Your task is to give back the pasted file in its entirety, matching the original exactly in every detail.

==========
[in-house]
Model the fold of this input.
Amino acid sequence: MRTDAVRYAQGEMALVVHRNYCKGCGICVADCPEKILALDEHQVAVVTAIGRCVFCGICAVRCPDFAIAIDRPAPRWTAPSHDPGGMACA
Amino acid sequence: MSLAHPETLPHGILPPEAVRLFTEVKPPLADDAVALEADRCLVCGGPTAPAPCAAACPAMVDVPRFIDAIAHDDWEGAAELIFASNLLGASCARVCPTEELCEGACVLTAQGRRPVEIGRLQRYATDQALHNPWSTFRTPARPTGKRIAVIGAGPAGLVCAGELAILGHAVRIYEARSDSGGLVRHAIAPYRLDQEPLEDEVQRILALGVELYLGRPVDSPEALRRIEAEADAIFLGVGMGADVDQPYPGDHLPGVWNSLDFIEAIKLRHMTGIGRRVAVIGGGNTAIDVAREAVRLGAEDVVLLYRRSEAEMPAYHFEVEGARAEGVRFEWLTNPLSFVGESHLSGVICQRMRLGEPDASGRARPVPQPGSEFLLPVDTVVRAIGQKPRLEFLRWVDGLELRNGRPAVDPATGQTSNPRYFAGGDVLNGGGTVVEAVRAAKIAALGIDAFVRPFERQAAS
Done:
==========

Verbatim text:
[in-house]
Model the fold of this input.
Amino acid sequence: MRTDAVRYAQGEMALVVHRNYCKGCGICVADCPEKILALDEHQVAVVTAIGRCVFCGICAVRCPDFAIAIDRPAPRWTAPSHDPGGMACA
Amino acid sequence: MSLAHPETLPHGILPPEAVRLFTEVKPPLADDAVALEADRCLVCGGPTAPAPCAAACPAMVDVPRFIDAIAHDDWEGAAELIFASNLLGASCARVCPTEELCEGACVLTAQGRRPVEIGRLQRYATDQALHNPWSTFRTPARPTGKRIAVIGAGPAGLVCAGELAILGHAVRIYEARSDSGGLVRHAIAPYRLDQEPLEDEVQRILALGVELYLGRPVDSPEALRRIEAEADAIFLGVGMGADVDQPYPGDHLPGVWNSLDFIEAIKLRHMTGIGRRVAVIGGGNTAIDVAREAVRLGAEDVVLLYRRSEAEMPAYHFEVEGARAEGVRFEWLTNPLSFVGESHLSGVICQRMRLGEPDASGRARPVPQPGSEFLLPVDTVVRAIGQKPRLEFLRWVDGLELRNGRPAVDPATGQTSNPRYFAGGDVLNGGGTVVEAVRAAKIAALGIDAFVRPFERQAAS
Done: